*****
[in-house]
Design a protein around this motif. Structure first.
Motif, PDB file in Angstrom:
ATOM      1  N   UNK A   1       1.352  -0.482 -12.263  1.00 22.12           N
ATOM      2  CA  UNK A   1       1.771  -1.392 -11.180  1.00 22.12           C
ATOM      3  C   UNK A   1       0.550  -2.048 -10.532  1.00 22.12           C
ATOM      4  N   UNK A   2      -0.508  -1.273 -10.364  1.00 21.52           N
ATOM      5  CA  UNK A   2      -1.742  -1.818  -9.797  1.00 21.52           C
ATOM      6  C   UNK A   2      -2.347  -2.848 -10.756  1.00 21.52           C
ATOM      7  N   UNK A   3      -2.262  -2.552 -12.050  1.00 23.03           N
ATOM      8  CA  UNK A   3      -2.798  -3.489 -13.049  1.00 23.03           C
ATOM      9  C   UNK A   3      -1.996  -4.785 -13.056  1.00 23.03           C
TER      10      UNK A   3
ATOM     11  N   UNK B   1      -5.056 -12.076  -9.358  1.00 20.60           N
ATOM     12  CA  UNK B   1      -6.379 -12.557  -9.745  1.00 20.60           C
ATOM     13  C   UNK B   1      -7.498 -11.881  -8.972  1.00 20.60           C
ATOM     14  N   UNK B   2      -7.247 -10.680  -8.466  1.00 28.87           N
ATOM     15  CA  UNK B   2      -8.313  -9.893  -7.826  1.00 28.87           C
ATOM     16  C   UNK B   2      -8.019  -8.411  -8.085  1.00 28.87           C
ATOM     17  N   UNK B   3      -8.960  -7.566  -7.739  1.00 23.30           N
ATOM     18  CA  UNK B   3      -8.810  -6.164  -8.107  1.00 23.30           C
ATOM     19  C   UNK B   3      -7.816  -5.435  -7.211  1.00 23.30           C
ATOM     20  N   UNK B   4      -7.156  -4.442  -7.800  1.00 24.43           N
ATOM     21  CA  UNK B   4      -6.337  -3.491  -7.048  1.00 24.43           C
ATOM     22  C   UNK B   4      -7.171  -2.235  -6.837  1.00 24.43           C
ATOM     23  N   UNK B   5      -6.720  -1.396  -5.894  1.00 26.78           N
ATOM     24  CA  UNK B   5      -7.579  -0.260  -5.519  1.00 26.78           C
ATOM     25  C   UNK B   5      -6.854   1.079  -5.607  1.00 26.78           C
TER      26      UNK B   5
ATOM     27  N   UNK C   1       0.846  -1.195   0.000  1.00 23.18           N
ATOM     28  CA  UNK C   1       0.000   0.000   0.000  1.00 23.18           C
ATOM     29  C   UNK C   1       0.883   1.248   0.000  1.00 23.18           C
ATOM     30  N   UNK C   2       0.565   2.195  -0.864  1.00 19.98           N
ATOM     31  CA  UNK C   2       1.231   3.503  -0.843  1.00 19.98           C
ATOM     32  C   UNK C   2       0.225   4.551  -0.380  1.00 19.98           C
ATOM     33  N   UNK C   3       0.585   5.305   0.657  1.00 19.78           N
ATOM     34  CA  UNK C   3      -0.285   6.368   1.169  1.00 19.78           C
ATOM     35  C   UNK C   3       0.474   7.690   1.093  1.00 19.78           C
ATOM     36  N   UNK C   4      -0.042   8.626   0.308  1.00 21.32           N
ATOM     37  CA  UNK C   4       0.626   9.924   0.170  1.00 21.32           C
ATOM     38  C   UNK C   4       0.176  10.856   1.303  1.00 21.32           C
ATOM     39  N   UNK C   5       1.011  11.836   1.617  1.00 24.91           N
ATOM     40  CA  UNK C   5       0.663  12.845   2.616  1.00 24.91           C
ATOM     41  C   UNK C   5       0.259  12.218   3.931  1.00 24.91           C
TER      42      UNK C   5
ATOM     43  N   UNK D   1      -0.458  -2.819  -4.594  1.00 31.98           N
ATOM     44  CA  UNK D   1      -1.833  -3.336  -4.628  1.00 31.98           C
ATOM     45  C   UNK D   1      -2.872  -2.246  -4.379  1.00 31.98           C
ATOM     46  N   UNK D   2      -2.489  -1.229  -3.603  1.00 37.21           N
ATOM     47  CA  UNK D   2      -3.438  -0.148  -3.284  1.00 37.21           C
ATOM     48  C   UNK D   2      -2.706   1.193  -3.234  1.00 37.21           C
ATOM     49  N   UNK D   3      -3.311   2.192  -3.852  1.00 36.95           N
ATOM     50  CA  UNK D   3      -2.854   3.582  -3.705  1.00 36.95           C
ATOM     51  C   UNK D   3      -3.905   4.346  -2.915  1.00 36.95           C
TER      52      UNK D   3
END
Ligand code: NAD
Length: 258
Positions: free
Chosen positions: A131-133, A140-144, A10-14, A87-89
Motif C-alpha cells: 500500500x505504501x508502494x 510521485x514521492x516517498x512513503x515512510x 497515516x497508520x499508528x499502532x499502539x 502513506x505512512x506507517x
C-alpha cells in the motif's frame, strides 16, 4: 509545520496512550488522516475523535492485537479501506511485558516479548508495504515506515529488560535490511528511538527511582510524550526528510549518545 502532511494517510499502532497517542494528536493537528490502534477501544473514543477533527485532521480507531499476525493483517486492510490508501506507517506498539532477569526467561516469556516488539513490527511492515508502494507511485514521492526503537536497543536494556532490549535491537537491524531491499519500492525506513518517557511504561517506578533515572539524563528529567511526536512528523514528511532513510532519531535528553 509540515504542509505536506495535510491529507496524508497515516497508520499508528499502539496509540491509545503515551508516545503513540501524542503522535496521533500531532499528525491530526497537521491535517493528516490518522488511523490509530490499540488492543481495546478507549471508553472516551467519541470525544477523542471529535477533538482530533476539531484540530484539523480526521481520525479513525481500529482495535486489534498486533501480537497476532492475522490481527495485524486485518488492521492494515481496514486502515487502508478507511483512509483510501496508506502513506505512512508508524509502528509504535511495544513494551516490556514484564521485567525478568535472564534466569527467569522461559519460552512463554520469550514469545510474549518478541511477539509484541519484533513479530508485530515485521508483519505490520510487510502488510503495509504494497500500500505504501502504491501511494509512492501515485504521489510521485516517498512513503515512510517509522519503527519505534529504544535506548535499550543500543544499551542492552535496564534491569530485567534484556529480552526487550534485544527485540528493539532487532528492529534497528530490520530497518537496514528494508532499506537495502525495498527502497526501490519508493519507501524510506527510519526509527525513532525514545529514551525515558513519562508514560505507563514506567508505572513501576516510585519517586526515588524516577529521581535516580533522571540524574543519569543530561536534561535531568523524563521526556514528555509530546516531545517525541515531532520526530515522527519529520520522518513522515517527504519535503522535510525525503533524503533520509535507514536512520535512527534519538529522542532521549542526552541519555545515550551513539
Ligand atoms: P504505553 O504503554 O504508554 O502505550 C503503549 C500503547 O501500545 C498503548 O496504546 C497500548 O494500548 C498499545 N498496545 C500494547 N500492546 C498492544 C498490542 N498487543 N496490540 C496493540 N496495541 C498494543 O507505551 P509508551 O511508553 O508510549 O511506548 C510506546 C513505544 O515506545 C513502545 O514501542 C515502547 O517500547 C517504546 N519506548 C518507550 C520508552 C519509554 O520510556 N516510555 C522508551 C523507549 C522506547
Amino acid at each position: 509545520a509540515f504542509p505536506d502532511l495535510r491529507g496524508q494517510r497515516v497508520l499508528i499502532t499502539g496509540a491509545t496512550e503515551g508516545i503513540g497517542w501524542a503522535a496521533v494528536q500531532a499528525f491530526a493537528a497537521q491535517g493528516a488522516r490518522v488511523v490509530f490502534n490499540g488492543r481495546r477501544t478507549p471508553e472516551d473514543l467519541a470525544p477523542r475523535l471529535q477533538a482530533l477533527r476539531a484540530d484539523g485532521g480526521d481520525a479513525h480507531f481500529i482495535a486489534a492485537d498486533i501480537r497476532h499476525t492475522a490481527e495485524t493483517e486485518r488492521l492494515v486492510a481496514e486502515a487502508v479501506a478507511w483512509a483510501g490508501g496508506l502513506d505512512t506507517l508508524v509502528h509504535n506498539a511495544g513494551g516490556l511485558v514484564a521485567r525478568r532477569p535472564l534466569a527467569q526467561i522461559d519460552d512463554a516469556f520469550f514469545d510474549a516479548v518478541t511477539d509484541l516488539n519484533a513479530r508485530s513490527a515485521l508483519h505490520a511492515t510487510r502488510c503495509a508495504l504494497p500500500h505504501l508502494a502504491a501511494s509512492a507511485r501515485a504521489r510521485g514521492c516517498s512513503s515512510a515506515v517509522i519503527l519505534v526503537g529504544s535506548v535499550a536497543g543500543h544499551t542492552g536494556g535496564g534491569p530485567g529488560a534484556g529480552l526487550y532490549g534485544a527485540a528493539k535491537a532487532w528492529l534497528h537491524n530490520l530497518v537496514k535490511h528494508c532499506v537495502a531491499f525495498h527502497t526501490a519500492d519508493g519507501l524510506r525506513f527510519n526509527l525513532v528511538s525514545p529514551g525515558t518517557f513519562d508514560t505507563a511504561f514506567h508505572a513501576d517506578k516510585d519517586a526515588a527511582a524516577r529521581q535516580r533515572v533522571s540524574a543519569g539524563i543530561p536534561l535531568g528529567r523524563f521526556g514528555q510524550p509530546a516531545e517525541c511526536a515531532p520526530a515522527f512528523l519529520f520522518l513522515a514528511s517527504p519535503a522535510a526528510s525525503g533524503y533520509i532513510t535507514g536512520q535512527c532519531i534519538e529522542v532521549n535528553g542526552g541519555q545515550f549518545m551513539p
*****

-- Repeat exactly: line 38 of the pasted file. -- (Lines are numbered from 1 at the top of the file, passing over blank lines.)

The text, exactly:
ATOM     35  C   UNK C   3       0.474   7.690   1.093  1.00 19.78           C